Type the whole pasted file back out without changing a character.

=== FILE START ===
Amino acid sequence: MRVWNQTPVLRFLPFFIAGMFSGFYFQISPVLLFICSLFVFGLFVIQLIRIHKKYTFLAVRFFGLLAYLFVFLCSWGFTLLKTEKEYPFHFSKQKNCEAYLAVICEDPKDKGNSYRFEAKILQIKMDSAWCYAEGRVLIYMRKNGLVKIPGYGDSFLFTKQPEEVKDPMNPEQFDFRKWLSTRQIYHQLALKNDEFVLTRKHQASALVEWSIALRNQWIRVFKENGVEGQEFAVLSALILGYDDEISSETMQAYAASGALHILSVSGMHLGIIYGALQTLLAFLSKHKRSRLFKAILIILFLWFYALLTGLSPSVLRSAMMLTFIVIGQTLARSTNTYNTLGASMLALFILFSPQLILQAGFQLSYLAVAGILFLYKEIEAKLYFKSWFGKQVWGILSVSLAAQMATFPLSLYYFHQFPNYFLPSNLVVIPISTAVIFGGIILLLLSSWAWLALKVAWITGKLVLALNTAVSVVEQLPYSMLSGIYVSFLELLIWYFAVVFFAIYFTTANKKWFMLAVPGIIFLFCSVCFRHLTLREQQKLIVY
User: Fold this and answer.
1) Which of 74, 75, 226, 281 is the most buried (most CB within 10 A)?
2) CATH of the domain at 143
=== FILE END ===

Amino acid sequence: MRVWNQTPVLRFLPFFIAGMFSGFYFQISPVLLFICSLFVFGLFVIQLIRIHKKYTFLAVRFFGLLAYLFVFLCSWGFTLLKTEKEYPFHFSKQKNCEAYLAVICEDPKDKGNSYRFEAKILQIKMDSAWCYAEGRVLIYMRKNGLVKIPGYGDSFLFTKQPEEVKDPMNPEQFDFRKWLSTRQIYHQLALKNDEFVLTRKHQASALVEWSIALRNQWIRVFKENGVEGQEFAVLSALILGYDDEISSETMQAYAASGALHILSVSGMHLGIIYGALQTLLAFLSKHKRSRLFKAILIILFLWFYALLTGLSPSVLRSAMMLTFIVIGQTLARSTNTYNTLGASMLALFILFSPQLILQAGFQLSYLAVAGILFLYKEIEAKLYFKSWFGKQVWGILSVSLAAQMATFPLSLYYFHQFPNYFLPSNLVVIPISTAVIFGGIILLLLSSWAWLALKVAWITGKLVLALNTAVSVVEQLPYSMLSGIYVSFLELLIWYFAVVFFAIYFTTANKKWFMLAVPGIIFLFCSVCFRHLTLREQQKLIVY
User: Fold this and answer.
1) Which of 74, 75, 226, 281 is the most buried (most CB within 10 A)?
2) CATH of the domain at 143